If You’re a Superhero, Where’s Your Cape?
Daddy and I still have plenty to discuss and work out to try to prevent another breakdown from happening. I even wondered, briefly, if I have anxiety in some form (the clinical, diagnosable anxiety, I mean). But I’m under strict orders to stop acting like I’m a superhero and start asking for help.
“Should I get you a cape, Miss Superhero?”
My response? Only if it’s purple.
I’d totally rock the purple cape and move mountains to finish my to-do list, take care of my family, clients, and obligations, and put a healthy, homecooked meal on the table. But I might also give myself a heart attack in the process.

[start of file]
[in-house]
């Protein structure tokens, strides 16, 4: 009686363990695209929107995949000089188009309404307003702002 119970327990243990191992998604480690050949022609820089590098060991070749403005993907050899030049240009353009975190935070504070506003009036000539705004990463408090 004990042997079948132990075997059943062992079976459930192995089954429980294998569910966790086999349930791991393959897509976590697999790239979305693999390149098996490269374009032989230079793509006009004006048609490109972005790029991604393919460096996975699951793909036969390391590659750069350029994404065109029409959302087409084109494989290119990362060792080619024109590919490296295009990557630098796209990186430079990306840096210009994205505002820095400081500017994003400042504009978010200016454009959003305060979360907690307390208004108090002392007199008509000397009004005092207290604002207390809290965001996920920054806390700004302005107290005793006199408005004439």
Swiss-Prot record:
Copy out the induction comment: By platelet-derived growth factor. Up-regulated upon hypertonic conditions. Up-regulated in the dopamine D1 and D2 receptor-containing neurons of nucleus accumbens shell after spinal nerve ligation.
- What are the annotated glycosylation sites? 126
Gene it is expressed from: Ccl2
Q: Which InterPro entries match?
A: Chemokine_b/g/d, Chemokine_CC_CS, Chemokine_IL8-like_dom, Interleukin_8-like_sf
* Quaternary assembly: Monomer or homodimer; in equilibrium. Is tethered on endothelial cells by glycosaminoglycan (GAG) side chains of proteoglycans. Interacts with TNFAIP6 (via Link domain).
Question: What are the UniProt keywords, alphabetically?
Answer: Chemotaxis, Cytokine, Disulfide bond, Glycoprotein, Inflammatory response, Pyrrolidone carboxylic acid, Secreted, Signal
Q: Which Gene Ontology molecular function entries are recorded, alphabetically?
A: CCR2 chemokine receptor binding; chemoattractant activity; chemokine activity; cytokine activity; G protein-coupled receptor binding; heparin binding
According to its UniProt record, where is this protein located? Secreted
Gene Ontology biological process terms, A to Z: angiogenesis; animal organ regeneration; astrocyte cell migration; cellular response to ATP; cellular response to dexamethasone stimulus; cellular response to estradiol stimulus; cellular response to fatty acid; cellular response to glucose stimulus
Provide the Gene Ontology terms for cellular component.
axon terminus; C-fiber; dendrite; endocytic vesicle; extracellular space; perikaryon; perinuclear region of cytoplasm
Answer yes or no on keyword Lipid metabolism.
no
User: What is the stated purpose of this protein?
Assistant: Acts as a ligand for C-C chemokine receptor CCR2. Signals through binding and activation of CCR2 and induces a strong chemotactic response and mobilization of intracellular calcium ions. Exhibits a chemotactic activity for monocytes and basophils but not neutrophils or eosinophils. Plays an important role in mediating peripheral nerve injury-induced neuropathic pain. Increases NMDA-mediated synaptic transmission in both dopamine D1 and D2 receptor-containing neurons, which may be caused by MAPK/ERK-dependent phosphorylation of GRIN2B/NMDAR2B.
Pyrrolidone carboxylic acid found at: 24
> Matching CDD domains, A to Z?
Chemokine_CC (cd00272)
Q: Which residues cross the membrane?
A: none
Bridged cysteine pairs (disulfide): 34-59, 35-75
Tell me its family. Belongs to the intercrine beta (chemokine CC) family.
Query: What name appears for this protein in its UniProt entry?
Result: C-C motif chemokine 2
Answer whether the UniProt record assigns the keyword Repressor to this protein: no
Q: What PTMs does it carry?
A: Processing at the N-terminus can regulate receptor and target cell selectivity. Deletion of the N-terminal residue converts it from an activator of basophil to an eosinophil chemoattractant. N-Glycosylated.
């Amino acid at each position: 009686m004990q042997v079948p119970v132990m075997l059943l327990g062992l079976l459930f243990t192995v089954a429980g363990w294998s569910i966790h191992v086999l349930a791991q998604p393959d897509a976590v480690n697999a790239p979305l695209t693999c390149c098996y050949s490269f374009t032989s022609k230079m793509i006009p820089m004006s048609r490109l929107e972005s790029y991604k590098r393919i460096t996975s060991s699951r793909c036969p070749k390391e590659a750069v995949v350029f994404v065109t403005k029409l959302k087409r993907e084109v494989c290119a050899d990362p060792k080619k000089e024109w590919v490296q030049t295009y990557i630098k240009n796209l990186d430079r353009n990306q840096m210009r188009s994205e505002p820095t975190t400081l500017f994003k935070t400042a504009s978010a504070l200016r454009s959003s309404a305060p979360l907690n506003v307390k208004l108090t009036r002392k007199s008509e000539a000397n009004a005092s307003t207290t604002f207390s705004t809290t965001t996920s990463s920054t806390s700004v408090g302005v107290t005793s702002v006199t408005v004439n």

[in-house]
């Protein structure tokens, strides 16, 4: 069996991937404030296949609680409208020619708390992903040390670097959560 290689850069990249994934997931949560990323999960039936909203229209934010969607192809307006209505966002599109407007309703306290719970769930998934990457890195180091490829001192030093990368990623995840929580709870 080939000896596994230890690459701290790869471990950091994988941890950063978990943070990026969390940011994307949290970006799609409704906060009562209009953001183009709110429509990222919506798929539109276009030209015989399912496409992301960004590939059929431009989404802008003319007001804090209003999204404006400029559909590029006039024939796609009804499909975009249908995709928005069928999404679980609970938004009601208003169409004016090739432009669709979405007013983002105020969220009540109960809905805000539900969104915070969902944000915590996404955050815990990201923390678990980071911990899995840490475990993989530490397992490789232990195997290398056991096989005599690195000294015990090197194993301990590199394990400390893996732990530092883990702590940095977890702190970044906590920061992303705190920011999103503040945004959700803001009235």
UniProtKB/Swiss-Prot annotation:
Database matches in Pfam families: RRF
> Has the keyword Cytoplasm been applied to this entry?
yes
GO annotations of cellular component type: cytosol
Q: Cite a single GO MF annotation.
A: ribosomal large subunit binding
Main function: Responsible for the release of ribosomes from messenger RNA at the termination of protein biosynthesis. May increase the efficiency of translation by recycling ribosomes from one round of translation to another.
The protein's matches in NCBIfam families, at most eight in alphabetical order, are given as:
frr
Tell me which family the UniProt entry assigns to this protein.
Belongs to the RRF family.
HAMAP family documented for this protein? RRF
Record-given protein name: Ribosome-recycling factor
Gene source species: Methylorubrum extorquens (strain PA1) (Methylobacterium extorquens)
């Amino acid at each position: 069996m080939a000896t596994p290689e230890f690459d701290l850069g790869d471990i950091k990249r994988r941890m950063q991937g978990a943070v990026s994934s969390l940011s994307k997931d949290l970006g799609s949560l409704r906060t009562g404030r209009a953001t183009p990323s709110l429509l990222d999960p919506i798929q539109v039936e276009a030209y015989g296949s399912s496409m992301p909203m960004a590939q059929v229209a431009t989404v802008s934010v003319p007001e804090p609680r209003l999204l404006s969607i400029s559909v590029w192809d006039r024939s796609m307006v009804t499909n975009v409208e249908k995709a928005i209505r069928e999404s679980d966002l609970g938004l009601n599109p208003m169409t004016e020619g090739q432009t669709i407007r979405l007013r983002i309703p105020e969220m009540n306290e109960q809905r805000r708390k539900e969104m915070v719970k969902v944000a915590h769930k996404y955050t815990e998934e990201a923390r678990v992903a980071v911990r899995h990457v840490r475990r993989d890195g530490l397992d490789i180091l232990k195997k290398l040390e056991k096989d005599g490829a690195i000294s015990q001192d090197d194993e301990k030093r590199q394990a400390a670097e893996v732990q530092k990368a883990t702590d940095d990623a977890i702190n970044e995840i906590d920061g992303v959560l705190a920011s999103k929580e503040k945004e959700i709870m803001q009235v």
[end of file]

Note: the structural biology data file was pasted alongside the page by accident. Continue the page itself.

So, if you’ve conquered the stress and asking for help thing, share your secrets with me. And if not, realize you’re not alone and unless you’re going to leap tall buildings and fly, you’re not a superhero and asking for help is a good, healthy thing to do. If your Dominant expects you to serve and refuses to help, you’re not with a Dominant, you’re with an asshole.